The Minnesota Supreme Court on Tuesday vigorously questioned attorneys from both sides of the Photo ID debate and is expected to rule by late August on whether the proposed constitutional amendment will appear on the November ballot. The suit, brought by the League of Women Voters and other activist groups, asks the court to strike the proposal from the ballot, arguing that the current language doesn’t accurately portray the amendment’s effects. An attorney for the state Legislature argued that the court lacks the authority to dictate the form or status of constitutional amendments. The justices’ mood in the courtroom — pointed at some times and lighthearted at others — gave little indication what the court will do with the amendment. At least two justices seemed to indicate that they consider the ballot question misleading — which is what opponents of the amendment argue — but then in almost the next breath defended the Legislature’s authority to craft amendments.
Opponents of Photo ID would have to convince the court that the ballot question — which makes no mention of a proposed provisional voting system or different standards for absentee voters — is “so unreasonable and misleading as to be a palpable evasion of the constitutional requirement to submit the law to a popular vote,” according to legal precedent. Bill Pentelovitch, an attorney for the League, told the court that the ballot question doesn’t adequately inform the public of what it’s voting on, a view that resonated with Associate Justice Paul Anderson. “Questions can be deficient by omission as well as misstatement,” Anderson told the Legislature’s attorney, Thomas Boyd. “Let me submit, you have a major omission here that I think can cause real problems for the voters.”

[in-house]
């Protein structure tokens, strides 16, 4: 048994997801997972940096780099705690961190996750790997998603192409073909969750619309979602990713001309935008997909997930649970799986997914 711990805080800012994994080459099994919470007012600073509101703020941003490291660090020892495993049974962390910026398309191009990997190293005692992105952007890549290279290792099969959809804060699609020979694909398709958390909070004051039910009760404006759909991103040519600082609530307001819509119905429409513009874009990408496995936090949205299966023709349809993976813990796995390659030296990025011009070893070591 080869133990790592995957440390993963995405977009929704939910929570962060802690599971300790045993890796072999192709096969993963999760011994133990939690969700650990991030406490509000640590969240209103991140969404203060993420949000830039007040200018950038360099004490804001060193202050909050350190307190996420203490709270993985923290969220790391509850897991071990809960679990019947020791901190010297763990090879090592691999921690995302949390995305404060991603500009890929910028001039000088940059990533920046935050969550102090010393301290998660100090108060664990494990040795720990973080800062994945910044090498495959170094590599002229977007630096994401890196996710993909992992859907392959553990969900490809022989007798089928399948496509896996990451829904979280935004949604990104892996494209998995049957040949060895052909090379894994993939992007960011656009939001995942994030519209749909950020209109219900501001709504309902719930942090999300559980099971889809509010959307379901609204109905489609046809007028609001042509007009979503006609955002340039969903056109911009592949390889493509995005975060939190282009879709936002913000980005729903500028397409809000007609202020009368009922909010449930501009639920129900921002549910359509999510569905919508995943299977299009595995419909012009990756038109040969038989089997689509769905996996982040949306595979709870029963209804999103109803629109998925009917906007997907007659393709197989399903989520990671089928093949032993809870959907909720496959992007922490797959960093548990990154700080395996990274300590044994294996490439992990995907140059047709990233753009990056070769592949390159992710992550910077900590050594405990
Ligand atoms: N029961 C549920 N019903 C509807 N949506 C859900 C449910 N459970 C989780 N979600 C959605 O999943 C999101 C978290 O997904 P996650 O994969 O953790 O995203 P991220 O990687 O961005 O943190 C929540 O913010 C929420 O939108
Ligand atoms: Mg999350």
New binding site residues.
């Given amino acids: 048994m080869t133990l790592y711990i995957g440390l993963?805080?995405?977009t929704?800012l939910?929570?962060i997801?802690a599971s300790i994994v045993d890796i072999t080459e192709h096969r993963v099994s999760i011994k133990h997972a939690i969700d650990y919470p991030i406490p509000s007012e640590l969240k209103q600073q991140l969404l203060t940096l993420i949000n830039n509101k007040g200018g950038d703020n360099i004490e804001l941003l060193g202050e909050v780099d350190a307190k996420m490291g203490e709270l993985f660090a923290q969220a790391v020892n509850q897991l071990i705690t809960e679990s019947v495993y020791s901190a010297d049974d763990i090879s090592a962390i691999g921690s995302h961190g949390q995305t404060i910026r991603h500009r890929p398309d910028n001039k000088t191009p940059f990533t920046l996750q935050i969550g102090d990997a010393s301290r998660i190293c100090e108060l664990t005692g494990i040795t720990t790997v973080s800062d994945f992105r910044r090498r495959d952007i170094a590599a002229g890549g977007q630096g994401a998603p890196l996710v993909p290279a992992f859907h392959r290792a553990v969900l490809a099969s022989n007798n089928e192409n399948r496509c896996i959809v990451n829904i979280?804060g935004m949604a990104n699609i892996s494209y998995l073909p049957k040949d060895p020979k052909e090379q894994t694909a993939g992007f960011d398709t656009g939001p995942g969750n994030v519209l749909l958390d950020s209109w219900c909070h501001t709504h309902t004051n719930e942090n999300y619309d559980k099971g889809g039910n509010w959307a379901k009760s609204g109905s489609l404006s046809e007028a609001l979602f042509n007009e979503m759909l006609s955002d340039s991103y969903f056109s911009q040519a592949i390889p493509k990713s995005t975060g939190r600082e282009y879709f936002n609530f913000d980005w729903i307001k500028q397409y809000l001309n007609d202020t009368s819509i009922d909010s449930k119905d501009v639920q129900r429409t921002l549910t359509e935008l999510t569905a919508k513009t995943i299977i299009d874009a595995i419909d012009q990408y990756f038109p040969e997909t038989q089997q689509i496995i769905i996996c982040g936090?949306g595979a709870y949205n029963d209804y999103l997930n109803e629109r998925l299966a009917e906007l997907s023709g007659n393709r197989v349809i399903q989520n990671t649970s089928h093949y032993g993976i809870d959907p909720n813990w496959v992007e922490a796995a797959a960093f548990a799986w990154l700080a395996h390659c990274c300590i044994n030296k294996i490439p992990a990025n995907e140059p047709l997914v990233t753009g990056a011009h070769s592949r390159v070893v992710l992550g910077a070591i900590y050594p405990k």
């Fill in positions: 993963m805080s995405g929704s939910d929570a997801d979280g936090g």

Anderson, one of the most outspoken justices at the proceedings, also questioned how the amendment itself would affect voting in the future. “Does this provisional voting provision in the amendment essentially eviscerate Election Day registration such that it would have affected one-sixth of the voters … in 2008?” he asked. “If the Legislature presents something that’s deceptive, don’t we have the right to review that?”